As Democratic lawmakers work toward hammering out health care reform and as Republicans work to thwart them, interesting alliances form. Our favorite hometown newspaper, the Washington Post, reports one such odd alliance.

Minnesota Democratic Senators Amy Klobuchar and Al Franken are uniting with Republican Governor, Tim Pawlenty to battle concessions sought from medical device manufacturers in the proposed reform of health care. This unusual alliance stems from the prevalence of jobs in that industry in Minnesota.

President Obama and Senator Max Baucus have cajoled a variety of stakeholders in our medical system including doctors, drug companies and allied health professionals into making economic concessions to facilitate health care reform. The quid pro quo for these concessions, the influx of tens of millions of new insureds into the health care system.

Many clinics, hospitals and doctors while obliged to take Medicare and uninsured patients, can only do so with a balance of insured patrons. The proposed health care reforms contemplate compulsory health insurance for essentially the entire population.

As one can imagine, this is popular with the insurance industry (oh boy 48 million new customers) and health care providers. (oh boy insurance companies to pay us). It is not so popular with medical device manufacturers, who contend that the new insureds will not be typical users of their products. Their position is that the elderly who are already either insured by Medicare or private insurance, are the ones who need artificial hips and knees and heart stents.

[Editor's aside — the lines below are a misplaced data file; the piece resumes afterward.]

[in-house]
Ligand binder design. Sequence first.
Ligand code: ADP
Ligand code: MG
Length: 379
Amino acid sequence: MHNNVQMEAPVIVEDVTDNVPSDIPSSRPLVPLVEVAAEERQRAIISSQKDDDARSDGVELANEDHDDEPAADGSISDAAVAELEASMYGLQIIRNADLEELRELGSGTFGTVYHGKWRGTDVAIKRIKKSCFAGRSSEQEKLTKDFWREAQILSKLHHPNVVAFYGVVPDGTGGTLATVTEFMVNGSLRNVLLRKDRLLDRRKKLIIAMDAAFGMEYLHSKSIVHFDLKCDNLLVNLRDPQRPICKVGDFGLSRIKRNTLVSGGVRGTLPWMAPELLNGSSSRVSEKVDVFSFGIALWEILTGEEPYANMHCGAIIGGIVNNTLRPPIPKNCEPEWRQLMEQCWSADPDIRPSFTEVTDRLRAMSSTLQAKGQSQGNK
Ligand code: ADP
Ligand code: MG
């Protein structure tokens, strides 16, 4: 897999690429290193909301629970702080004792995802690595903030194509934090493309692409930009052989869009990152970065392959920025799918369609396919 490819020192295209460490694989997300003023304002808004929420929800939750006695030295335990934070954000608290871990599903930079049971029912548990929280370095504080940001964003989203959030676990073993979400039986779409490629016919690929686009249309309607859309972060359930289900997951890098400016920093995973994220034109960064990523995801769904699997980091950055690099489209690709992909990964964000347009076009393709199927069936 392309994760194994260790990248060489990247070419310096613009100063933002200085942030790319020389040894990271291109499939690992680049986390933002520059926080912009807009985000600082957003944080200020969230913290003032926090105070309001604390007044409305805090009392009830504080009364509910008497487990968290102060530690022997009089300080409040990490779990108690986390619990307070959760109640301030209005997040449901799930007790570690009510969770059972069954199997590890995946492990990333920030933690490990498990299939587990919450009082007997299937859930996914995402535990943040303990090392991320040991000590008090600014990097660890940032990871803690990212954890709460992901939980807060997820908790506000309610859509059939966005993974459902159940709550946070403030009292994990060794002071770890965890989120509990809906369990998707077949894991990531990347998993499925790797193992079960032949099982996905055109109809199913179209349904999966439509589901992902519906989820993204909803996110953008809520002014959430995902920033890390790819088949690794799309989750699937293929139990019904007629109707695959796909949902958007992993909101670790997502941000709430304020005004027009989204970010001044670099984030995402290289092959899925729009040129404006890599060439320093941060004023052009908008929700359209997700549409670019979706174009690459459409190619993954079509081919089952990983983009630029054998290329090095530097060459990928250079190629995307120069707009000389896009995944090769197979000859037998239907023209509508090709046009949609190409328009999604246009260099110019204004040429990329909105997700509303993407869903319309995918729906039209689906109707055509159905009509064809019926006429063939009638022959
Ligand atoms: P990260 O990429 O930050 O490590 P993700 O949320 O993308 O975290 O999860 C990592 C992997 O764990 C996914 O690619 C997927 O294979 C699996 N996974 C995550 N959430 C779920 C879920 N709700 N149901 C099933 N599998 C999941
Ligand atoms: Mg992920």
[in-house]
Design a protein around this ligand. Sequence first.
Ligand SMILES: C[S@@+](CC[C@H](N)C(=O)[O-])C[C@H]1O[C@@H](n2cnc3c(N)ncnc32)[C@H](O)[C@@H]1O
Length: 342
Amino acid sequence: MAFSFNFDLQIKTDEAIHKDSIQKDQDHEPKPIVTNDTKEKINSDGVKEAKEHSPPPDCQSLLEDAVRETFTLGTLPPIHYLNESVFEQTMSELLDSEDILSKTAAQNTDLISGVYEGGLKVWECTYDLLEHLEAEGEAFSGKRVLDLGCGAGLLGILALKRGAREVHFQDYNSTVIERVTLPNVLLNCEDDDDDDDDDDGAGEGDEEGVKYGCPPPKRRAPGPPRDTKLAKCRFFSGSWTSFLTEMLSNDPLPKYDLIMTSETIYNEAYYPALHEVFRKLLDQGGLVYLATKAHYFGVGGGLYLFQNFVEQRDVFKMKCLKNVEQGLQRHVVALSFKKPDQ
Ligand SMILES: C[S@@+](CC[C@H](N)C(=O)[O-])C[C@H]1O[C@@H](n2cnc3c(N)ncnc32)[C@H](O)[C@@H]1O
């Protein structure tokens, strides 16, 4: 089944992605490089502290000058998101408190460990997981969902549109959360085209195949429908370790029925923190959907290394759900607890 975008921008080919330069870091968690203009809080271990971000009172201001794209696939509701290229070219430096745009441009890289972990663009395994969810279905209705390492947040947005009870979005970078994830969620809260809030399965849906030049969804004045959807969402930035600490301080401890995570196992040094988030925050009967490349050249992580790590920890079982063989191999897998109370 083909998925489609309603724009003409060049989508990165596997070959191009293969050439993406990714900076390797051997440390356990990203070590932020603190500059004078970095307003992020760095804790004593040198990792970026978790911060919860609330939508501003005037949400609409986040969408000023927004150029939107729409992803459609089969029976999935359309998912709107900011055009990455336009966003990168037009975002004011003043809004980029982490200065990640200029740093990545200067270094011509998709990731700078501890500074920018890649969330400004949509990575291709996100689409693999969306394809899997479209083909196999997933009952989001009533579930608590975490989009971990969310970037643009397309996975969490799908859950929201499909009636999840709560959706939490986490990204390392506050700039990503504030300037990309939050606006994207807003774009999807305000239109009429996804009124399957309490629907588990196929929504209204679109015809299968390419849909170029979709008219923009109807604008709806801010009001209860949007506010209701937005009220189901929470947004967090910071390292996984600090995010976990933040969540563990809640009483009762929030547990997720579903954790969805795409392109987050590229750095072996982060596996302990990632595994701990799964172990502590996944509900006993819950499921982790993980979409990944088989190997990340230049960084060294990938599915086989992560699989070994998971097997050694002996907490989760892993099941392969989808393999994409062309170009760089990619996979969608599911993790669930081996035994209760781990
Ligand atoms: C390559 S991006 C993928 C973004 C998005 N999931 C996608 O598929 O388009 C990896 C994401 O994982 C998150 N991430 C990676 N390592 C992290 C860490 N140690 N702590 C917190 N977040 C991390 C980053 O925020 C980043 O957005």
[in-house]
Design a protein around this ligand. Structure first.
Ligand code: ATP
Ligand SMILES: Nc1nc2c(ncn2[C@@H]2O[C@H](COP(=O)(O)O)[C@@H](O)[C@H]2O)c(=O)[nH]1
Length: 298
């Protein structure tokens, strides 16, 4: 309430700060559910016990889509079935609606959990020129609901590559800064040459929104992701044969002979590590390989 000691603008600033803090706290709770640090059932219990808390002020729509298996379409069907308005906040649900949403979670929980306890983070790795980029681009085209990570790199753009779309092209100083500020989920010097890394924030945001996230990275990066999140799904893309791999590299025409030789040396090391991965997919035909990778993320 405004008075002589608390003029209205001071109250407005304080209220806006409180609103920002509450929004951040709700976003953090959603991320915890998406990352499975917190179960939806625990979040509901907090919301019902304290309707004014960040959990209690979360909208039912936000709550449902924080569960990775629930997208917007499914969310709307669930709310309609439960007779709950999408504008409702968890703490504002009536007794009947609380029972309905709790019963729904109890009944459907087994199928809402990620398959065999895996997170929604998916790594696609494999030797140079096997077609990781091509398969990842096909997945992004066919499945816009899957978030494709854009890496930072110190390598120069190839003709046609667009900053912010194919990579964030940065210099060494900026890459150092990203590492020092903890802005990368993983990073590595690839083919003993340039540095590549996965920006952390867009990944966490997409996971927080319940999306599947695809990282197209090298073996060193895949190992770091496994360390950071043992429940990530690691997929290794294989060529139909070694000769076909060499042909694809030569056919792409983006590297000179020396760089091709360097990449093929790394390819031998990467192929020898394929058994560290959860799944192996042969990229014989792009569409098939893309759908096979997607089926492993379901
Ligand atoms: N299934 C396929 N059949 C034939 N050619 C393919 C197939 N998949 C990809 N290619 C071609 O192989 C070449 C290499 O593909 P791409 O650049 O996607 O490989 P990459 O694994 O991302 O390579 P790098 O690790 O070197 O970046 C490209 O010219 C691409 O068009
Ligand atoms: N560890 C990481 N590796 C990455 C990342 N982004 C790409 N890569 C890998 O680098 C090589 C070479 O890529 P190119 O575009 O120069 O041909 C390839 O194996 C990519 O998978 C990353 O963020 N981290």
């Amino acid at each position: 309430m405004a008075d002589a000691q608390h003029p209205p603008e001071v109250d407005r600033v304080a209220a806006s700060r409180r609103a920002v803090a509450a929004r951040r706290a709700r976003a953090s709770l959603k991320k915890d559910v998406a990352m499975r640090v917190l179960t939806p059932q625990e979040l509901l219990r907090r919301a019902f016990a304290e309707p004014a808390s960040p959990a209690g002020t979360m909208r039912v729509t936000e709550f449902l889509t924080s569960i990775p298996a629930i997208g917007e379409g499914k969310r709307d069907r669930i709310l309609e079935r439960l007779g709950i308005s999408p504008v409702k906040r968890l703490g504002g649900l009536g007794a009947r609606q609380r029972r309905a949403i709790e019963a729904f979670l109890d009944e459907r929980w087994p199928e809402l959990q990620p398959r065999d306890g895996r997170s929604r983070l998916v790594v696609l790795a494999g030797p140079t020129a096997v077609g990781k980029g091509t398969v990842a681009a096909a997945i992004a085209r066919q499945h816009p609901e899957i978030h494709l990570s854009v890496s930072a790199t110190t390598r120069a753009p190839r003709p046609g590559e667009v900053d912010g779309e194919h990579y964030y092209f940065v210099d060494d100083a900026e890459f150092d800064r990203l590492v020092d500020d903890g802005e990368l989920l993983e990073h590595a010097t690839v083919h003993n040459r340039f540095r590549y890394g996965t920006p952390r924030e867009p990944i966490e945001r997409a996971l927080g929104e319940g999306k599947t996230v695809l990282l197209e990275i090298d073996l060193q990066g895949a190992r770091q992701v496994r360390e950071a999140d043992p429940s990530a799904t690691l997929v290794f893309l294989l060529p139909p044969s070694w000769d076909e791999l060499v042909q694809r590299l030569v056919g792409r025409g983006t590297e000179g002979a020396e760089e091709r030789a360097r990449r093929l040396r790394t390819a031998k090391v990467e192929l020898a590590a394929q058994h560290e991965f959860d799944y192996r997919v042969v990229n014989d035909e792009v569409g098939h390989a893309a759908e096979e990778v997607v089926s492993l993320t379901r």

They assert that there is not much room in their profitability to make economic concessions.

One must look at this assertion skeptically. The industry has been granted unwarranted protection from medical malpractice and product liability lawsuits for their defective products. The American population is aging rapidly with an ever increasing need for the industries most lucrative products.

The industry aggressively markets its highly expensive products and is thought to be a major contributor to skyrocketing medical care costs. It is also a major contributor to political candidates in a position to help them.

The politicians are in a bit of a pickle. The jobs in medical device manufacturing and sales are good ones in a time of
recession. At the same time,  long-term concessions from the industry could go a long way toward making health care reform possible.
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